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Reclaiming their Kashmir identity:
A story of Indo-Tibetans

Sep 22, 2006:

Very few people in Kashmir know that the community commonly perceived as Tibetans in Kashmir are originally of Kashmiri descent. Lacking the official state subject status Indo-Tibetans are living as semi-refugees in their own land since their return. Nighat Jabeen reports.

RIMOKOFT, Indo-Tibetans
Anaytullah Naik(centre), President, RIMOKOFT Welfare Committee along with other members at the committee' office in Srinagar.
"In Tibet we were called Kashmiris. In Kashmir we are called Tibetans," says an aged Indo-Tibetan at Eidgah as he talks about the history of the community living in Kashmir since 1960.

With broken Kashmiri, oriental facial features, unique culture, dress, and language Indo Tibetans are a community easily distinguished from the rest of Kashmiris. Their ancestors had gone to Tibet for trade purposes and settled there. As time passed by they formed their own identity distinct both from Kashmiris and Tibetans.

Indo-Tibetans returned to Kashmir in 1960, leaving a Tibet invaded by China. The migration was not smooth. India secured their migration from a reluctant Chinese government on the basis of Kashmir origin of these families.

Official communications between India and Chinese government reveal that India produced a list of 129 Muslim families of Kashmir origin, who were then repatriated from Tibet in 1960.

In Srinagar they are housed in colonies at Hawal and Eidgah. Today there are 236 families with a population of about 1100.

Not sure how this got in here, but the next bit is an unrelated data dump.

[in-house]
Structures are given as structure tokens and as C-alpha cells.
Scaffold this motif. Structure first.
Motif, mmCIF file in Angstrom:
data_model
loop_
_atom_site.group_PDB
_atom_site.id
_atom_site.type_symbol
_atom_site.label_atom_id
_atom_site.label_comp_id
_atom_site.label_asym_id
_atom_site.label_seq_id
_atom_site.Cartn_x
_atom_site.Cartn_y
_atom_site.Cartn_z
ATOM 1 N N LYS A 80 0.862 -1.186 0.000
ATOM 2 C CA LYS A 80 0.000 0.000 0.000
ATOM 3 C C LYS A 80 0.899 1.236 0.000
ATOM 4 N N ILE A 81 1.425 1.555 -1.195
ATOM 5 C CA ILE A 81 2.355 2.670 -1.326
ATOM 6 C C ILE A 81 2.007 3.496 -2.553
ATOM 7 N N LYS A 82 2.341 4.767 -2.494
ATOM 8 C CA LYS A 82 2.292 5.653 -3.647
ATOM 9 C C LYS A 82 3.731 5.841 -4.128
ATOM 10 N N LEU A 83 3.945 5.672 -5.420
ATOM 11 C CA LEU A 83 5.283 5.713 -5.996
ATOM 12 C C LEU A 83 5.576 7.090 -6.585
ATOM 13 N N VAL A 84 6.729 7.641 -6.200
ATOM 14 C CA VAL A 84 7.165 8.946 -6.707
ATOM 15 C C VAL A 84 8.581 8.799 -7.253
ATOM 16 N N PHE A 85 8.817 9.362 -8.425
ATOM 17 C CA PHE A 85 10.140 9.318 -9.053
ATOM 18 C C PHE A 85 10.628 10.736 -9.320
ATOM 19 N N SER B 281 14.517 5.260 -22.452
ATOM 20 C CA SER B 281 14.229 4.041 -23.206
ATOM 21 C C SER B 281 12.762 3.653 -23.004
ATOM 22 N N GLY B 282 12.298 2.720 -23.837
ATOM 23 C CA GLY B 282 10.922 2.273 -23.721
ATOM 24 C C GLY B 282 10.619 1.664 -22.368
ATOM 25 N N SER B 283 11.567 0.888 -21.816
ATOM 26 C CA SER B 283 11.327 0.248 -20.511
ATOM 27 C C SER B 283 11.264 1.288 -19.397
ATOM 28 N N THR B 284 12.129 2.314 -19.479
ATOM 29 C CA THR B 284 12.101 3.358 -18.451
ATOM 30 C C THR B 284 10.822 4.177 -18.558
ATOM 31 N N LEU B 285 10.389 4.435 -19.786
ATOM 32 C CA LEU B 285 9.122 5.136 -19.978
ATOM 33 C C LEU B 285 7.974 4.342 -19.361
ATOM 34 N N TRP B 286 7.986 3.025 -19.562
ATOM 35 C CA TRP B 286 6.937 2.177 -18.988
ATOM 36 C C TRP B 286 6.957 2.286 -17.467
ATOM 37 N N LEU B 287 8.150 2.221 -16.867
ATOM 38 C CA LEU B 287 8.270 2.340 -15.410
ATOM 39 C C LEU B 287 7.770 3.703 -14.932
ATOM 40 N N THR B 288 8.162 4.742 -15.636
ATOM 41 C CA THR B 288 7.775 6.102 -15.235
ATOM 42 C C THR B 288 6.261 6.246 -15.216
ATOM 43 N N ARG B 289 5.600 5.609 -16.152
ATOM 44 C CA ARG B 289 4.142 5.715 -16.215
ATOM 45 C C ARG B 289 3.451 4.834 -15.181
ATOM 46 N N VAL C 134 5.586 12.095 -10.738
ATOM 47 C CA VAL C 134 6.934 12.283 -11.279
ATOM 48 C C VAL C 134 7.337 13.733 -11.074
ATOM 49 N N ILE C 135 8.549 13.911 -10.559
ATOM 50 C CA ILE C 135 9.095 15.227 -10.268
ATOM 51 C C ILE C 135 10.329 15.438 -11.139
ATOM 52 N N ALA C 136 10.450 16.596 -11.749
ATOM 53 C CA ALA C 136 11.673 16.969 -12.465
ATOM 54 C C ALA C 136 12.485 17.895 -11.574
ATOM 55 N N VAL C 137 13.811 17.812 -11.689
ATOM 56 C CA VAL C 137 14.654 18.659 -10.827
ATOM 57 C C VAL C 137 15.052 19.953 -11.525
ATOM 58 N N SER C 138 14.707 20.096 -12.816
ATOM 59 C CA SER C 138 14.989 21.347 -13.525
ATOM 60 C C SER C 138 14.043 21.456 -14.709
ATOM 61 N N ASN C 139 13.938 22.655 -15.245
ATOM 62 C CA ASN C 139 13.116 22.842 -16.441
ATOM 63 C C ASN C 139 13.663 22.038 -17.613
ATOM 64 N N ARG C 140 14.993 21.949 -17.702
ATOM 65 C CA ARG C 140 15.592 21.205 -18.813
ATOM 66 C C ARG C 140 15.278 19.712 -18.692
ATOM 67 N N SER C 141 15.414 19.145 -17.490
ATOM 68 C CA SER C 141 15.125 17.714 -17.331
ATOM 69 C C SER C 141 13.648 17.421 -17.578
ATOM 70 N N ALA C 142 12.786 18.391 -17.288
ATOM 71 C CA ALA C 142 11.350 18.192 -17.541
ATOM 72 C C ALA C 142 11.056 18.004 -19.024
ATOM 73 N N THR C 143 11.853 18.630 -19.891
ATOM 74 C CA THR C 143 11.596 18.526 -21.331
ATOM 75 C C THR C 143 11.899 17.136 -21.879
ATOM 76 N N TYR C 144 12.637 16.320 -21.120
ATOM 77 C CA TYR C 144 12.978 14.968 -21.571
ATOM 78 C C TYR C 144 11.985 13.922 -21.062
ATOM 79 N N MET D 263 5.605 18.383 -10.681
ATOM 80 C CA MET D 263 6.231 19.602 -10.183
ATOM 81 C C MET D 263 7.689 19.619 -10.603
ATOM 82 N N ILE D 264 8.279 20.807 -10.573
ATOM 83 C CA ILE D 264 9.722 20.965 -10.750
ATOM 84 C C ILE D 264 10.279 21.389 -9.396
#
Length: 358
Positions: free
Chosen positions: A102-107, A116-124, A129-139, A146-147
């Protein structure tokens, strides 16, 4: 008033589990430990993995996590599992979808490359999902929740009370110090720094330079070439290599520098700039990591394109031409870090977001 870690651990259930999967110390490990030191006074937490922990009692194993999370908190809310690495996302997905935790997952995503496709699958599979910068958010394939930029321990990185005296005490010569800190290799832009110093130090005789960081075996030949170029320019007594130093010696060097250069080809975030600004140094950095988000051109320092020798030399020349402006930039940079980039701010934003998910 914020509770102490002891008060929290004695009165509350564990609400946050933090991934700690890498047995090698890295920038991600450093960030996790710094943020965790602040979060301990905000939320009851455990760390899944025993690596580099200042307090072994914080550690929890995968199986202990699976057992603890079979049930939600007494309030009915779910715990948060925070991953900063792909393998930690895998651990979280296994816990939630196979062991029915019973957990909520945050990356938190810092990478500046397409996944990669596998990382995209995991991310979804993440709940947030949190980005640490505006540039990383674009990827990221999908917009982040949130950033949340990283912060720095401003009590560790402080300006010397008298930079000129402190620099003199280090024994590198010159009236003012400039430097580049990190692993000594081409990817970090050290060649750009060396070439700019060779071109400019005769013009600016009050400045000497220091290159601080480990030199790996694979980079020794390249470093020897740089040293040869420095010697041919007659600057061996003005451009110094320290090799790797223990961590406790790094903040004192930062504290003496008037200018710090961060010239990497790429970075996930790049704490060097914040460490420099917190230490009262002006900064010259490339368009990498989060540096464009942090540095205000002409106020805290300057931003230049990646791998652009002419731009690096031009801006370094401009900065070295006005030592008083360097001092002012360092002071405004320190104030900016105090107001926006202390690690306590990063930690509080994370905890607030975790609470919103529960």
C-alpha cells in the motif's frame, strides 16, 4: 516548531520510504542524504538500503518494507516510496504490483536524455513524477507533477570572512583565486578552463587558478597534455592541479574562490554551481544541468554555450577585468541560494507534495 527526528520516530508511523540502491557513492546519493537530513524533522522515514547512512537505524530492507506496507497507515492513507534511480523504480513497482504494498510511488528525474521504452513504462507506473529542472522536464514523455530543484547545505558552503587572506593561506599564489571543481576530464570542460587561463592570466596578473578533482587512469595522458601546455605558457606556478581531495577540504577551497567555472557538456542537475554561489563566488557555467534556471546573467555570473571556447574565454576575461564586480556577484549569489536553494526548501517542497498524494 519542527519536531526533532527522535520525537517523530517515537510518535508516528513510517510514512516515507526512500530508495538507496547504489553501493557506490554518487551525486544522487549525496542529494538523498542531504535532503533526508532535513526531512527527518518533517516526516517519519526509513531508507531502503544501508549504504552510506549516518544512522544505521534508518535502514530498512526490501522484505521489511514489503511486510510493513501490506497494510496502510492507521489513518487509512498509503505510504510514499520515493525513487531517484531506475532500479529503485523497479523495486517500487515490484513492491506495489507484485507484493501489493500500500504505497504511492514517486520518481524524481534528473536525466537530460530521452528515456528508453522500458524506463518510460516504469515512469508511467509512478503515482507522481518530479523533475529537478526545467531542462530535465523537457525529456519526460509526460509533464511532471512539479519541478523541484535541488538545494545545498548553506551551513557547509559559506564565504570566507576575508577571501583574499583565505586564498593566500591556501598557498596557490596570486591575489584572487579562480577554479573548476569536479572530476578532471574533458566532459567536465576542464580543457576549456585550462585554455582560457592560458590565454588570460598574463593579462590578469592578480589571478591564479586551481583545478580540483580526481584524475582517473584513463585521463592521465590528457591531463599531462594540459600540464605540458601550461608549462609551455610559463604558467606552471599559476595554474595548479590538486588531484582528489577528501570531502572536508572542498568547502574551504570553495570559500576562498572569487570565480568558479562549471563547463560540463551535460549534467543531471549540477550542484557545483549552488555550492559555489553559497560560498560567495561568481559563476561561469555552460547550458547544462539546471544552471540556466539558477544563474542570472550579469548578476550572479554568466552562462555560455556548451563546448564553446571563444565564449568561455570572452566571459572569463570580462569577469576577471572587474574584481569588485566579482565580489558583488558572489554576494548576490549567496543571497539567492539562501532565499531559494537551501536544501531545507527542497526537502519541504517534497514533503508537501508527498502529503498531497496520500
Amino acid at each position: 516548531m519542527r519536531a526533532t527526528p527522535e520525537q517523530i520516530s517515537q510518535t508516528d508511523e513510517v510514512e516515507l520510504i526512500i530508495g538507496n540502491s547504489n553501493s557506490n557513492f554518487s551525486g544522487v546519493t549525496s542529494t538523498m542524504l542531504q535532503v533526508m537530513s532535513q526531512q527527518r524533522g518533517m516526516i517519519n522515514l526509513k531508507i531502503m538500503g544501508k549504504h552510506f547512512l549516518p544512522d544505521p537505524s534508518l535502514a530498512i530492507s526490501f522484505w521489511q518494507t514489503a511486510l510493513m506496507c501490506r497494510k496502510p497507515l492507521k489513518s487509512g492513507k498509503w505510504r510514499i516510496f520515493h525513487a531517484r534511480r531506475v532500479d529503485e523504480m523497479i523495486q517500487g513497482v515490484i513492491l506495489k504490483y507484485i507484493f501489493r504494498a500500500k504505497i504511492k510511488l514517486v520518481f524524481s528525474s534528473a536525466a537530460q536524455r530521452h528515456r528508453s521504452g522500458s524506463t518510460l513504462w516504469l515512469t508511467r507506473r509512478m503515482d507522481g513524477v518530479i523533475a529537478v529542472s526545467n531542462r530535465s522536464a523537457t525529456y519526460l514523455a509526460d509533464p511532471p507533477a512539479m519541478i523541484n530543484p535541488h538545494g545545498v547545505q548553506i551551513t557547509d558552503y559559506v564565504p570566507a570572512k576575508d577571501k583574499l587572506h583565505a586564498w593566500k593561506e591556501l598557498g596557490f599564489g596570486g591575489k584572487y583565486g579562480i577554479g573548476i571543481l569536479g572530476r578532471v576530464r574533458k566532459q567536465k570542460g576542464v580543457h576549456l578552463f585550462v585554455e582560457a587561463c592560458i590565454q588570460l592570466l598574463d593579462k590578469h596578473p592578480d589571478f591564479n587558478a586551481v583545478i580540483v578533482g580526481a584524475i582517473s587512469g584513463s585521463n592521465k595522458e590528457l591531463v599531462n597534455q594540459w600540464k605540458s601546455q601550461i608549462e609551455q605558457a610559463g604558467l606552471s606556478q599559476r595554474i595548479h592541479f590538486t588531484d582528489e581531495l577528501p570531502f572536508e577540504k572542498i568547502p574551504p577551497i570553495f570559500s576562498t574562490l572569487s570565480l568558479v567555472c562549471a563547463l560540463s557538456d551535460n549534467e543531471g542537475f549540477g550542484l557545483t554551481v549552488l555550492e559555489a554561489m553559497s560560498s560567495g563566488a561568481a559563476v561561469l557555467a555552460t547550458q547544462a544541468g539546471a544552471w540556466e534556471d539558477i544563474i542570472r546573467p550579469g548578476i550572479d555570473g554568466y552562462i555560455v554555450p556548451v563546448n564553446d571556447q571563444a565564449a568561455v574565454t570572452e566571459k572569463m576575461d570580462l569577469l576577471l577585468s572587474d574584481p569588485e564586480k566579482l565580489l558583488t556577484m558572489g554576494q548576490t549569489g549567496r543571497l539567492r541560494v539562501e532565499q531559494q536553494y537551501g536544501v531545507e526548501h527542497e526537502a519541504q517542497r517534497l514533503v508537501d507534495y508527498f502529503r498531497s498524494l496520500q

After 46 years of their return most of the people here are unaware of their Kashmir origin.

"Our history has left an impact on us," says Yaboob Bhat who explains that their stays in Tibet and exposure to two cultures have turned them into a unique community separate from both the cultures.

Here the community has not mixed much with time. They are Muslims but don't get politically identified with Kashmiris. Their mother tongue is Tibetan, and they speak Urdu and understand Kashmiri.

"Don't call us Tibetans," objects Hamid, an Indo-Tibetan resident at Hawal, whenever referred to as Tibetan.

The resentment on being regarded Tibetan is common among the community.

"We are not Refugees. We are Kashmiris," he says.

Though the community was repatriated, they were not granted the official domicile of Jammu and Kashmir, making them sort of semi-refugees in their own land. . .

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Kashmir Newz Specials
Click here to read this story. For reproduction rights contact Kashmir Newz Desk

Click here to read this story. For reproduction rights contact Kashmir Newz Desk

Click here to read this story. For reproduction rights contact Kashmir Newz Desk

Click here to read this story. For reproduction rights contact Kashmir Newz Desk

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